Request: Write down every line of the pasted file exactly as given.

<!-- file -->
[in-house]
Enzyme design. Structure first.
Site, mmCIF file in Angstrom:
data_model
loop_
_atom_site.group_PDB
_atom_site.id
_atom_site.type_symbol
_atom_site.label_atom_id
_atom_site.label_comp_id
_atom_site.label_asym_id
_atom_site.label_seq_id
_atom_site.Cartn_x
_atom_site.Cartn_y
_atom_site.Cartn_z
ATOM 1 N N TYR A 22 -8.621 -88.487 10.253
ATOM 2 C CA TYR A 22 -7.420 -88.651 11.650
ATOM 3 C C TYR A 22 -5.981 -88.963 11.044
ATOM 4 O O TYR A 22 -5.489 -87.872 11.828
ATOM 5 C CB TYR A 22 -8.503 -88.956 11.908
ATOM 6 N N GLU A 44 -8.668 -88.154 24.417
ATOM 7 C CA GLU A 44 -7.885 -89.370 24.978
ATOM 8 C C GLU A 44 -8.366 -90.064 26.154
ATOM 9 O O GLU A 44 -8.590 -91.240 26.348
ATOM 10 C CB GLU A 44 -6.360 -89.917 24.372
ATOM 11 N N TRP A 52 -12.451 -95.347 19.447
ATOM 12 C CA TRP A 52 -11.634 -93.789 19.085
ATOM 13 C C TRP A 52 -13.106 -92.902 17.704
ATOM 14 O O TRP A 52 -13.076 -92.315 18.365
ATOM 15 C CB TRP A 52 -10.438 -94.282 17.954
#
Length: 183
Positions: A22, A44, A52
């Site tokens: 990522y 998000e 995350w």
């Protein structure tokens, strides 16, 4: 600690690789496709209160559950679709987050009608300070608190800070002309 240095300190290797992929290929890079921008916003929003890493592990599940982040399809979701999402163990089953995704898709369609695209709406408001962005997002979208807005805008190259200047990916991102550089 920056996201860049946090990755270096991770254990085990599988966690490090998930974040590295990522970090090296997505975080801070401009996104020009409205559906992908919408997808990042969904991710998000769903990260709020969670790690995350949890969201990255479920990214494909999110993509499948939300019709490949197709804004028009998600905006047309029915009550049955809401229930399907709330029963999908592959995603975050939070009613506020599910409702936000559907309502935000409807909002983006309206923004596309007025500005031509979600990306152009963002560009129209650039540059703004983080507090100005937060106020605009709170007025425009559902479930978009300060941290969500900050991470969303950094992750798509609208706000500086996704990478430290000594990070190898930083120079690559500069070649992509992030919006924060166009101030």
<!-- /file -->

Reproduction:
[in-house]
Enzyme design. Structure first.
Site, mmCIF file in Angstrom:
data_model
loop_
_atom_site.group_PDB
_atom_site.id
_atom_site.type_symbol
_atom_site.label_atom_id
_atom_site.label_comp_id
_atom_site.label_asym_id
_atom_site.label_seq_id
_atom_site.Cartn_x
_atom_site.Cartn_y
_atom_site.Cartn_z
ATOM 1 N N TYR A 22 -8.621 -88.487 10.253
ATOM 2 C CA TYR A 22 -7.420 -88.651 11.650
ATOM 3 C C TYR A 22 -5.981 -88.963 11.044
ATOM 4 O O TYR A 22 -5.489 -87.872 11.828
ATOM 5 C CB TYR A 22 -8.503 -88.956 11.908
ATOM 6 N N GLU A 44 -8.668 -88.154 24.417
ATOM 7 C CA GLU A 44 -7.885 -89.370 24.978
ATOM 8 C C GLU A 44 -8.366 -90.064 26.154
ATOM 9 O O GLU A 44 -8.590 -91.240 26.348
ATOM 10 C CB GLU A 44 -6.360 -89.917 24.372
ATOM 11 N N TRP A 52 -12.451 -95.347 19.447
ATOM 12 C CA TRP A 52 -11.634 -93.789 19.085
ATOM 13 C C TRP A 52 -13.106 -92.902 17.704
ATOM 14 O O TRP A 52 -13.076 -92.315 18.365
ATOM 15 C CB TRP A 52 -10.438 -94.282 17.954
#
Length: 183
Positions: A22, A44, A52
């Site tokens: 990522y 998000e 995350w």
């Protein structure tokens, strides 16, 4: 600690690789496709209160559950679709987050009608300070608190800070002309 240095300190290797992929290929890079921008916003929003890493592990599940982040399809979701999402163990089953995704898709369609695209709406408001962005997002979208807005805008190259200047990916991102550089 920056996201860049946090990755270096991770254990085990599988966690490090998930974040590295990522970090090296997505975080801070401009996104020009409205559906992908919408997808990042969904991710998000769903990260709020969670790690995350949890969201990255479920990214494909999110993509499948939300019709490949197709804004028009998600905006047309029915009550049955809401229930399907709330029963999908592959995603975050939070009613506020599910409702936000559907309502935000409807909002983006309206923004596309007025500005031509979600990306152009963002560009129209650039540059703004983080507090100005937060106020605009709170007025425009559902479930978009300060941290969500900050991470969303950094992750798509609208706000500086996704990478430290000594990070190898930083120079690559500069070649992509992030919006924060166009101030």